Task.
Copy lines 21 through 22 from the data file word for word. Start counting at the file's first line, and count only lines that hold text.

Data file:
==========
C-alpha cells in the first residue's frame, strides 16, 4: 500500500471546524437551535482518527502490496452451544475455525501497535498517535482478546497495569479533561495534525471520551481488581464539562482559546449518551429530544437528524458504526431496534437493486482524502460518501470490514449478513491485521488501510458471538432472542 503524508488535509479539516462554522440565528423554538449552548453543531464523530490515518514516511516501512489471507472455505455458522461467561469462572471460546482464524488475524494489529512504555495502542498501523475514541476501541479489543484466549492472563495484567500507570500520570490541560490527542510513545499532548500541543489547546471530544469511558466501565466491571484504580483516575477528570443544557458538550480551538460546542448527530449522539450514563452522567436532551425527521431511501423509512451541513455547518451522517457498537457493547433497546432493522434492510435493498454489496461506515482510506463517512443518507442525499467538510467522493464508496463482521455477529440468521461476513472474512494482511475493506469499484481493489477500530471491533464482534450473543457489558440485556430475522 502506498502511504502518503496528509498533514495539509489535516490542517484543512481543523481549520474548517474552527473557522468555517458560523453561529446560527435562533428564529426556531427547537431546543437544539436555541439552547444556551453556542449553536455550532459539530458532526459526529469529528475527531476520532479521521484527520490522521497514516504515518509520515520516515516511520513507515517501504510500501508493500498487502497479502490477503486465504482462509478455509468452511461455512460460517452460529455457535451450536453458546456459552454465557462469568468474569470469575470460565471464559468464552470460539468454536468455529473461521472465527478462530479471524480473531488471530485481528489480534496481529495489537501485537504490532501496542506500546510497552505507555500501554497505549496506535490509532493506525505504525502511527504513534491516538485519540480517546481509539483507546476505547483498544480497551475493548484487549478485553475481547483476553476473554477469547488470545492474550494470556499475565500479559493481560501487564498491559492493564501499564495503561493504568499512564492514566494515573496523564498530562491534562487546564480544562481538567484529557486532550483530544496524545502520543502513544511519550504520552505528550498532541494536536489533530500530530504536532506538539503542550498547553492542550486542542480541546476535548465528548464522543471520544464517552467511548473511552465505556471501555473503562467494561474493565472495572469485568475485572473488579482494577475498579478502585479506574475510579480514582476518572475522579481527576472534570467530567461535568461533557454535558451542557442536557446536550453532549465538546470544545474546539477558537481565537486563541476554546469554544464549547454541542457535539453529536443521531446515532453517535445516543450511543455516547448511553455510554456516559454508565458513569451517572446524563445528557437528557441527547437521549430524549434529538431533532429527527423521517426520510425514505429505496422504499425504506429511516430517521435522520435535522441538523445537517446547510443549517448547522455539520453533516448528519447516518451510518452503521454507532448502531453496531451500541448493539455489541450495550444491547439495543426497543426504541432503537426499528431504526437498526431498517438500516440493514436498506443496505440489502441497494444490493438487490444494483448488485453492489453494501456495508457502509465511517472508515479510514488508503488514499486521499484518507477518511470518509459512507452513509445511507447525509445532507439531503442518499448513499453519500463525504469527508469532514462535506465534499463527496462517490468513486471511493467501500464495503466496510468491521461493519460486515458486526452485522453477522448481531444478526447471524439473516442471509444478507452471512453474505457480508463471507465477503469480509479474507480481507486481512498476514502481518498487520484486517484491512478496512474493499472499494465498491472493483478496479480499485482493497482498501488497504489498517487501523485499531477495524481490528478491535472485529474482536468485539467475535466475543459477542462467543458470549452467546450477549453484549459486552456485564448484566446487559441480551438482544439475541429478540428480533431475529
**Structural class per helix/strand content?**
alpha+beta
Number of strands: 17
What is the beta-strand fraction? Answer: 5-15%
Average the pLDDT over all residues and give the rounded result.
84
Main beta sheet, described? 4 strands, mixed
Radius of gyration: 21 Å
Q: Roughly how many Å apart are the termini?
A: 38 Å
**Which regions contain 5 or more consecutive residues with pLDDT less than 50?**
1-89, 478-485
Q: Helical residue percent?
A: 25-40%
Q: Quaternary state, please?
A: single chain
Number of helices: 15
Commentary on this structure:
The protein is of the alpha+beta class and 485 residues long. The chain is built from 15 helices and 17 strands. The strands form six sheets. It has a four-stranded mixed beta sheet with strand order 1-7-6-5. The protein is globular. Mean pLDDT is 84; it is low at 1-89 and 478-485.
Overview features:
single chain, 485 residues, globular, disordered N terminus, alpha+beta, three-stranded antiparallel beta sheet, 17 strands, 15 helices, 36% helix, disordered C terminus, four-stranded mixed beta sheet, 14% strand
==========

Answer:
Overview features:
single chain, 485 residues, globular, disordered N terminus, alpha+beta, three-stranded antiparallel beta sheet, 17 strands, 15 helices, 36% helix, disordered C terminus, four-stranded mixed beta sheet, 14% strand